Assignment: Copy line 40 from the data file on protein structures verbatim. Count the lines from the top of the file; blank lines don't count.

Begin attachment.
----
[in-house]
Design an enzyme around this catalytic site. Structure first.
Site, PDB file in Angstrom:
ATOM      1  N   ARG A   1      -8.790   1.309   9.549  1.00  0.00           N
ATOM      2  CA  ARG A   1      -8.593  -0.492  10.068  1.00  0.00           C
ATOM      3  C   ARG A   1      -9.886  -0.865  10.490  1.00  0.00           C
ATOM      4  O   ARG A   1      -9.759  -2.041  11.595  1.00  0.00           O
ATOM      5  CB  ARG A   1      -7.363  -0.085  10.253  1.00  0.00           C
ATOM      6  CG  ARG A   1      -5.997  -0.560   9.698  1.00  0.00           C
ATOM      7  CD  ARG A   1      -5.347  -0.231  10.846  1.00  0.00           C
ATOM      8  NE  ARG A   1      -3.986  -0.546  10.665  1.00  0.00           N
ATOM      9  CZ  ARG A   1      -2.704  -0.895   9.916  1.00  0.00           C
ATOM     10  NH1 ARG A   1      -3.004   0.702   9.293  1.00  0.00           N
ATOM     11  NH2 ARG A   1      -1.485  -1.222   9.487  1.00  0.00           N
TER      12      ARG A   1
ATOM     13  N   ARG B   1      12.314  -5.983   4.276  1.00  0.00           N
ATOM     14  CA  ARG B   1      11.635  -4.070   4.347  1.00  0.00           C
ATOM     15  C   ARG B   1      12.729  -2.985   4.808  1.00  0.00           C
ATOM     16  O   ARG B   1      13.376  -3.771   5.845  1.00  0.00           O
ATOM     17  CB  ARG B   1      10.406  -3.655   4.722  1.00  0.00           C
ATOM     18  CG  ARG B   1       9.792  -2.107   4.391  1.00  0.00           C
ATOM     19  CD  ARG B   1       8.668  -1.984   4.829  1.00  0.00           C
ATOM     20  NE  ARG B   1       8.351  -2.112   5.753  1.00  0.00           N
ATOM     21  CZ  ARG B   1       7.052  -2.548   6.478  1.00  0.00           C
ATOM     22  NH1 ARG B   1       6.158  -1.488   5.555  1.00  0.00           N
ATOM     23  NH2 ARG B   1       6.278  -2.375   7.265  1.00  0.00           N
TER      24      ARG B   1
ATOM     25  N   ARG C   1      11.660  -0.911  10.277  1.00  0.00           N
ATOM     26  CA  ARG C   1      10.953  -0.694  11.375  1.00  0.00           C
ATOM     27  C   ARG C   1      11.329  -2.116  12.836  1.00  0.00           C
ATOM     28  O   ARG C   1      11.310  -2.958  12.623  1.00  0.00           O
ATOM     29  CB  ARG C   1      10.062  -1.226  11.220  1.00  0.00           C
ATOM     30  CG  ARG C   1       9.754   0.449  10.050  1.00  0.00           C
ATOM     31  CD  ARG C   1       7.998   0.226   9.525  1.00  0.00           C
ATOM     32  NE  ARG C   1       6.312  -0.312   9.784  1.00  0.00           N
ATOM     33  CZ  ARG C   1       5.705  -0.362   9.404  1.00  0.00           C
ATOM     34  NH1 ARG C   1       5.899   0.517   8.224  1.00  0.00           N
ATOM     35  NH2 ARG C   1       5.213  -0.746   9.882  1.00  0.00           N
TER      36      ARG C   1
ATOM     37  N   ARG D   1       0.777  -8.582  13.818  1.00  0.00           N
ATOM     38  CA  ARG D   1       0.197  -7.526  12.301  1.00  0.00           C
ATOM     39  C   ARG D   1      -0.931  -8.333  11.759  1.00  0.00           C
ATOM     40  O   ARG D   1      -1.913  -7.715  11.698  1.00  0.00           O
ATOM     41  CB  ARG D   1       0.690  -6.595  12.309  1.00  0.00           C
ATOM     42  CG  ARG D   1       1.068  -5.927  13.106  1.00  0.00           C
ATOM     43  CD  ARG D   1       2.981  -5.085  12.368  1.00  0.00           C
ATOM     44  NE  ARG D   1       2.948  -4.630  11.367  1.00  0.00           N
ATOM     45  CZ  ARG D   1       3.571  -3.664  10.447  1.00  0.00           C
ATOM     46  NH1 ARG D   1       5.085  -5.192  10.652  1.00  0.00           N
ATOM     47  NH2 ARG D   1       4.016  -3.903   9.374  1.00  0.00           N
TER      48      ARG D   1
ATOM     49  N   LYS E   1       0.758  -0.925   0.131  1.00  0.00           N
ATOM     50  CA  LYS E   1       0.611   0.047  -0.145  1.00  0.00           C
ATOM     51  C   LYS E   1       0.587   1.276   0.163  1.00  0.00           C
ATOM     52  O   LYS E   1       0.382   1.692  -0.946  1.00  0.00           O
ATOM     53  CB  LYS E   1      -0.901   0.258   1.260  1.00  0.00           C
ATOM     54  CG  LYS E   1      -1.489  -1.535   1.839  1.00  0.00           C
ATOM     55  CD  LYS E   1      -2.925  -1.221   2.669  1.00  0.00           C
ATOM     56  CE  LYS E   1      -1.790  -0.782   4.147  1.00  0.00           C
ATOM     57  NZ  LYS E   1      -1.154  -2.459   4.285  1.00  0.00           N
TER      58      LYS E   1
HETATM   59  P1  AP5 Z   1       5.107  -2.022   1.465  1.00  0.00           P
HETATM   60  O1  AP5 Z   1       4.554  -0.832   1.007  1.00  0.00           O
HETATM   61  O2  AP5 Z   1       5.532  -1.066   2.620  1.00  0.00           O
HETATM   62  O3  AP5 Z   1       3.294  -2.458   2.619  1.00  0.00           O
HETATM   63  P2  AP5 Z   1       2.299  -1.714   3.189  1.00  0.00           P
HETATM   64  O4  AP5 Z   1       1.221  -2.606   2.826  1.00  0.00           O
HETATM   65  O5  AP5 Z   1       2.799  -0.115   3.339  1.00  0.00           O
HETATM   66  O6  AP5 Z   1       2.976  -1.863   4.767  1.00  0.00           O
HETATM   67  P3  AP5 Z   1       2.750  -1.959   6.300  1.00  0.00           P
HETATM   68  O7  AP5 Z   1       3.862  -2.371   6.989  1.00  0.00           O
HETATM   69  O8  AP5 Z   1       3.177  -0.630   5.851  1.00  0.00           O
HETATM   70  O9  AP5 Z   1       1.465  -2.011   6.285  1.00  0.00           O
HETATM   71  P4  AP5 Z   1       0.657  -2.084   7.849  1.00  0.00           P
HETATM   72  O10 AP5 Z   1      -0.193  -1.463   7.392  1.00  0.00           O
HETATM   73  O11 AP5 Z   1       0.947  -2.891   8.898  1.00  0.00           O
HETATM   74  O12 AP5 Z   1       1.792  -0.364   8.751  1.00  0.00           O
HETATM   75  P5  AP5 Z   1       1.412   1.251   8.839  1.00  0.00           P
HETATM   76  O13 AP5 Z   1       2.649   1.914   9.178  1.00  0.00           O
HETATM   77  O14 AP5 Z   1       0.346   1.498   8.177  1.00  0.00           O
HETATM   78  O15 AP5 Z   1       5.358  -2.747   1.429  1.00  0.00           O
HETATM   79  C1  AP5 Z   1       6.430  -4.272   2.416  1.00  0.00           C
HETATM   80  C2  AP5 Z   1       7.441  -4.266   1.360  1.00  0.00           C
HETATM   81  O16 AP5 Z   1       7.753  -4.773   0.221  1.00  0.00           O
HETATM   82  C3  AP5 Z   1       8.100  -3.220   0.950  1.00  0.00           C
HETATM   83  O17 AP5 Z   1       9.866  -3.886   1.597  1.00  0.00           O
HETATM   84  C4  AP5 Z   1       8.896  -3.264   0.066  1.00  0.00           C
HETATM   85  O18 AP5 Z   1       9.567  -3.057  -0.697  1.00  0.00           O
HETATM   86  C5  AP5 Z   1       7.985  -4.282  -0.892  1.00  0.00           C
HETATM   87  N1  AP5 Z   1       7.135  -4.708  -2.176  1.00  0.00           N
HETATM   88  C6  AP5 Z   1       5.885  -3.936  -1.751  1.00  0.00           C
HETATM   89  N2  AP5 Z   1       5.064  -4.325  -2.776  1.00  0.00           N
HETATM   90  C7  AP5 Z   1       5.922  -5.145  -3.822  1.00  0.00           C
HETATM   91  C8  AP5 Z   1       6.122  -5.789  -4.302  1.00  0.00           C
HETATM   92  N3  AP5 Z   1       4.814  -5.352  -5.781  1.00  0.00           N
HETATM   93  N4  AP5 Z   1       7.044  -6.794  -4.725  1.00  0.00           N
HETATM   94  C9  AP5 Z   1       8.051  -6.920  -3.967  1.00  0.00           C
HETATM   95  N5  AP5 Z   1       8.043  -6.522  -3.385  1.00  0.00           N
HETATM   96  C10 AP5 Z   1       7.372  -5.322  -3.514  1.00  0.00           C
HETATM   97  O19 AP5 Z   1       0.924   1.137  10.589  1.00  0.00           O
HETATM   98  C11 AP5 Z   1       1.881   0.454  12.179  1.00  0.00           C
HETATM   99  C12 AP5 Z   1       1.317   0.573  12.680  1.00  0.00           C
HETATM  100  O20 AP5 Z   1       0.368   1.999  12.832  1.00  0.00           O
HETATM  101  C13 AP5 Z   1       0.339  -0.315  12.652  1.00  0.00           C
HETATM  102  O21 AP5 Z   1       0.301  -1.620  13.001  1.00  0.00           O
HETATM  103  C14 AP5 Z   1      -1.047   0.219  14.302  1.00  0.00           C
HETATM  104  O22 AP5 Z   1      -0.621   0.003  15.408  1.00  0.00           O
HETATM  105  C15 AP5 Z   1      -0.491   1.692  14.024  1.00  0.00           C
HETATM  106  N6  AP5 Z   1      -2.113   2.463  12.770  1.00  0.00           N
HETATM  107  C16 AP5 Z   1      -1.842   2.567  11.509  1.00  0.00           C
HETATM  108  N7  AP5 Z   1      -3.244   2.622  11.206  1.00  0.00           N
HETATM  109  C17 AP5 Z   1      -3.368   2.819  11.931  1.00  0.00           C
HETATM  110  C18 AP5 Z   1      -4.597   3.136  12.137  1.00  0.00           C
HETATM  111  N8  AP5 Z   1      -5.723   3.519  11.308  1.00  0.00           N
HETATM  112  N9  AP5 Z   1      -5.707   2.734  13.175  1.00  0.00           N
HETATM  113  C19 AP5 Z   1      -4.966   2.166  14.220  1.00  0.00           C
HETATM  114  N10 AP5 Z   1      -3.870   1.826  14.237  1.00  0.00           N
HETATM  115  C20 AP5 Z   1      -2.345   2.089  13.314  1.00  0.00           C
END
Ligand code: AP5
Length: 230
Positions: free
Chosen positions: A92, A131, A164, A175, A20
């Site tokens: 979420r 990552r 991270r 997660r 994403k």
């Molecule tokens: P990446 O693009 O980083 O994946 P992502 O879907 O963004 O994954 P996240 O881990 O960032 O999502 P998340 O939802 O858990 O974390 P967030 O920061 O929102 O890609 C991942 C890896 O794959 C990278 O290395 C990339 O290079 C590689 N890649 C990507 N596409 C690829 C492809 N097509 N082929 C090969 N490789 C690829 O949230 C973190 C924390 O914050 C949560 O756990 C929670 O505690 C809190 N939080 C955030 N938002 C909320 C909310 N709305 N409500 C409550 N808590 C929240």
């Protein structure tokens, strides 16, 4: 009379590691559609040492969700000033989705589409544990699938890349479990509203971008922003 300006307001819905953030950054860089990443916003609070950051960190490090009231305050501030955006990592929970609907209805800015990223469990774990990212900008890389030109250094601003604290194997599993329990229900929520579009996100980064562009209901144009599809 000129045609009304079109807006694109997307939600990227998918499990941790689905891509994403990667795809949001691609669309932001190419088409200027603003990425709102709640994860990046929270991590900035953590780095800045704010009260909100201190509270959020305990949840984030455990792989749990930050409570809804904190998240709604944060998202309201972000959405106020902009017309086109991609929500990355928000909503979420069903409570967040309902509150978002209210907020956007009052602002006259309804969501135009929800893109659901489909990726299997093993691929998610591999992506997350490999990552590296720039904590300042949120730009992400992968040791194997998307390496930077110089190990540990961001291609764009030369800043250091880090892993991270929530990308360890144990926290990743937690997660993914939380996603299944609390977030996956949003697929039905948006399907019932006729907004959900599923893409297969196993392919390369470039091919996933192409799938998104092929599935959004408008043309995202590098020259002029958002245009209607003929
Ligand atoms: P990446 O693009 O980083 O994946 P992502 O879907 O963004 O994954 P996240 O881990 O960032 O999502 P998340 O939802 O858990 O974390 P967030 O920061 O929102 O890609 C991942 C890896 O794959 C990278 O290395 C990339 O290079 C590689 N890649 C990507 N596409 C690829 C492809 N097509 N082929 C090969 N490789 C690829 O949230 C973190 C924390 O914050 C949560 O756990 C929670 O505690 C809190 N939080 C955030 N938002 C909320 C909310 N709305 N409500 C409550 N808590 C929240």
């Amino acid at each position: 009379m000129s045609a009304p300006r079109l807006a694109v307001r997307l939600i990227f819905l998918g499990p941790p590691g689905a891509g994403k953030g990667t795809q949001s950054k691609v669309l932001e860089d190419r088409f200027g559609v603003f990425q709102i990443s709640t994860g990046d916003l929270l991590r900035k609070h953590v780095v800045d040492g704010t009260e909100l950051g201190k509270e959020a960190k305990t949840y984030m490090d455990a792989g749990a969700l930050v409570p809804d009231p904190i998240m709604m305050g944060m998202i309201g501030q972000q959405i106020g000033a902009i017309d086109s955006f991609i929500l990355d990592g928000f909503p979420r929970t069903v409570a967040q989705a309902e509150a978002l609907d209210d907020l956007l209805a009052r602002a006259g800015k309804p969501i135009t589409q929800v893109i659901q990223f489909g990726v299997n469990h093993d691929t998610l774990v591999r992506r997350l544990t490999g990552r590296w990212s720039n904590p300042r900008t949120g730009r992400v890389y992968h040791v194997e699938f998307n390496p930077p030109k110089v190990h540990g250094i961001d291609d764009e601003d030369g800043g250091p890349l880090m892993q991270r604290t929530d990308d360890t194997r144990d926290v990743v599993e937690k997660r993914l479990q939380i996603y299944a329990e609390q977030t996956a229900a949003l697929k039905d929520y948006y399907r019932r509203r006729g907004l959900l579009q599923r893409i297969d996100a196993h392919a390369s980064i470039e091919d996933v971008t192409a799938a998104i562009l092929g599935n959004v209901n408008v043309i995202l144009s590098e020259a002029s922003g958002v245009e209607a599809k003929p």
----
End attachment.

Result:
ATOM     37  N   ARG D   1       0.777  -8.582  13.818  1.00  0.00           N